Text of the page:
Mini Robots Come to Life With Newly-Invented Magnetic Spray

5 mins read

CityU’s Magnetic Spray Discovery

Last week, the City University of Hongkong’s Dr. Shen Yajing and his colleagues invented a magnetic spray that can turn objects into miniature androids and machines. According to Dr. Yajing, the created automatons could help deliver drugs and medications to people in the healthcare industry, making the method less tedious and straightforward for medical doctors and nurses to do so with their patients needing treatment.

The glue-like magnetic spray can turn small objects, such as pills, into mini-robots capable of navigating inside the body and supply drugs to particular bodily systems. The tiny androids’ movements get determined by controlling magnets to guide them where they need to go.

In its final testing stages, Dr. Yajing and his group of medical researchers used the spray to make small objects flip, crawl, and roll using magnets. They even tried to make an origami crane’s wings get animated with the aid of the magnetic spray. According to Dr. Yajing, the spray contains the M-spray chemical – a substance consisting of iron particles, polyvinyl alcohol, and gluten. 

How the M-spray Works

Moreover, CityU’s research team explains how M-spray substance works. According to them, the said chemical component magically modifies microscopic inanimate entities into lively robots. These automatons can then adapt explorative duties for a wide variety of biomedical purposes.

Dr. Yajing further stated that his team’s goal of doing this project is to transform any object into a robot and control its locomotion using the spray’s magnetic layer. He added that their M-spray design could stick itself in targeted things, and when a magnetic field is present, activate it.

Objects can transform into persevering millirobots when they get affected by a magnetic field. Additionally, a person can control the tiny androids’ movements in any way they wish. The magnetic-affected machines can roll on different surfaces like sand, paper, wood, glass, and skin. They could also walk, flip, bounce, and crawl. Moreover, the millirobots’ movements are viable for reprogramming, making the invention extra flexible and adaptable.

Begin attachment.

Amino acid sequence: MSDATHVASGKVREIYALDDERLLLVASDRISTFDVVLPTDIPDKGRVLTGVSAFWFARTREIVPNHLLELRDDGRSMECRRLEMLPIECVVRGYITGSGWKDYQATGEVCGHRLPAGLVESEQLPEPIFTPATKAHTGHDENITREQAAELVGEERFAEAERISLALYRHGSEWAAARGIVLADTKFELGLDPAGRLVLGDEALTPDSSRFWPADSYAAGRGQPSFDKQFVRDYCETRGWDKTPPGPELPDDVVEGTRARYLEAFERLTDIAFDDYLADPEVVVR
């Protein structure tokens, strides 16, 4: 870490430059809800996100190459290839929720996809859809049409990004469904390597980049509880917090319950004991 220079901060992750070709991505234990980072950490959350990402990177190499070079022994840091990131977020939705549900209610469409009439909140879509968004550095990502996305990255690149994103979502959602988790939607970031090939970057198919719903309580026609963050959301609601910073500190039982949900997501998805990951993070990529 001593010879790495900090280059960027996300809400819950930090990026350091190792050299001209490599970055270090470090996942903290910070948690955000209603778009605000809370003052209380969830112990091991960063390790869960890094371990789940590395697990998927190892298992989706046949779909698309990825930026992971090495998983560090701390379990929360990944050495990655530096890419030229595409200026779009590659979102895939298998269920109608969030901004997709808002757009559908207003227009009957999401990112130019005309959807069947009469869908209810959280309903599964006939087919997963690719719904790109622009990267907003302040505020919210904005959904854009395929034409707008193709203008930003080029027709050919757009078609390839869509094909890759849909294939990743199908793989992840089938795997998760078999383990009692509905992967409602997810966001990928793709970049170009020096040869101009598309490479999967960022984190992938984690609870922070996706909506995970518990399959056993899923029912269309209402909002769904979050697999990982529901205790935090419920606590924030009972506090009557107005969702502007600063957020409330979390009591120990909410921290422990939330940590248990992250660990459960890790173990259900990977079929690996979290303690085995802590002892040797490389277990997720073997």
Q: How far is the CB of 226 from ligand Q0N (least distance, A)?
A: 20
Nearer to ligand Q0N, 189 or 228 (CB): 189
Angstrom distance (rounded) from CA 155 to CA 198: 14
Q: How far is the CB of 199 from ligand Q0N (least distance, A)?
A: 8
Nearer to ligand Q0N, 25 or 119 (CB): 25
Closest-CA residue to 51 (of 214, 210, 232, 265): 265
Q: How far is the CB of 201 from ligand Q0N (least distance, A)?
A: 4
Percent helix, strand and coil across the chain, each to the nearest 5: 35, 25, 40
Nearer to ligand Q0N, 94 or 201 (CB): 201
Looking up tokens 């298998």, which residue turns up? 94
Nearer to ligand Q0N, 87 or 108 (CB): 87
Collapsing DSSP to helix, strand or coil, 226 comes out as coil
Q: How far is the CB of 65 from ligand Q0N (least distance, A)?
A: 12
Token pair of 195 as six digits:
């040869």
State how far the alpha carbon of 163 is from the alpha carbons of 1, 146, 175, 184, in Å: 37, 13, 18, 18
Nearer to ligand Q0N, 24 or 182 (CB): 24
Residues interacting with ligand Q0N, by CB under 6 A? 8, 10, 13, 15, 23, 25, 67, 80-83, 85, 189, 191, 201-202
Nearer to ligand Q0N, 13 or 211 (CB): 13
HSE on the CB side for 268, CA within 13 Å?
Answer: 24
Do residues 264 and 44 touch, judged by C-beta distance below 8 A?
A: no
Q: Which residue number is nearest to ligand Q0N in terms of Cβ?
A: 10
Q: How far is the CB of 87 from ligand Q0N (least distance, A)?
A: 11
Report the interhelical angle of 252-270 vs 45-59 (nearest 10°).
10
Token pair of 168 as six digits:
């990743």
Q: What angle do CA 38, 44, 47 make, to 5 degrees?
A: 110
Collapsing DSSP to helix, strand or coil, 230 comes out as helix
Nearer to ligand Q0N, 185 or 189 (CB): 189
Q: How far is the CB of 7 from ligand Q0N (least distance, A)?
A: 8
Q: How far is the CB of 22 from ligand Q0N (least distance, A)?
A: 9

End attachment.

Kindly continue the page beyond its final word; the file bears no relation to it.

The idea of small, insect-scale robots navigating inside your body to do their intended duties may freak you out. However, the City University of Hongkong’s medical researchers assures you that it isn’t a process that is scary as you think it is. During an interview with the media, Dr. Yajing clarified that the invention of the magnetic spray’s goal is to employ millirobots to assist in biomedical operations, such as providing catheter navigations and targeted drug deliveries. The new technological tool helps make the previously mentioned processes less demanding to execute.

M-spray Study Findings and Research

Considering the testing results of their project, the City University of Hongkong researchers seemed the creation of the magnetic spray notably easy to make. When necessary, the spray’s particular magnetic coating could dissolve to primary powders and is fully biocompatible. Directed by the corresponding magnetic field and as an outcome of the coated substance, the sprayed tiny objects can creep, walk, crawl, or roll along surfaces. Additionally, these small androids can navigate around an individual’s inner bodily systems.

Currently, the online scientific journal Science Robotics published the scientists’ findings on the magnetic spray invention. A collaboration with researchers coming from the Chinese Academy of Sciences (CAS) and Shenzhen Institutes of Advanced Technology (SIAT) did the study at CityU’s Department of Biological Engineering’s (BME) facilities. 

Yang Xiong, one of the study’s co-authors, stated that once built, a tiny robot’s structure becomes fixed – when put in motion, it hinders its usefulness. However, when the hardened M-spray coating makes an adhesive similar to glue, applying an intense magnetic field causes the alteration of the coating’s magnetic particles’ alignment and distribution.

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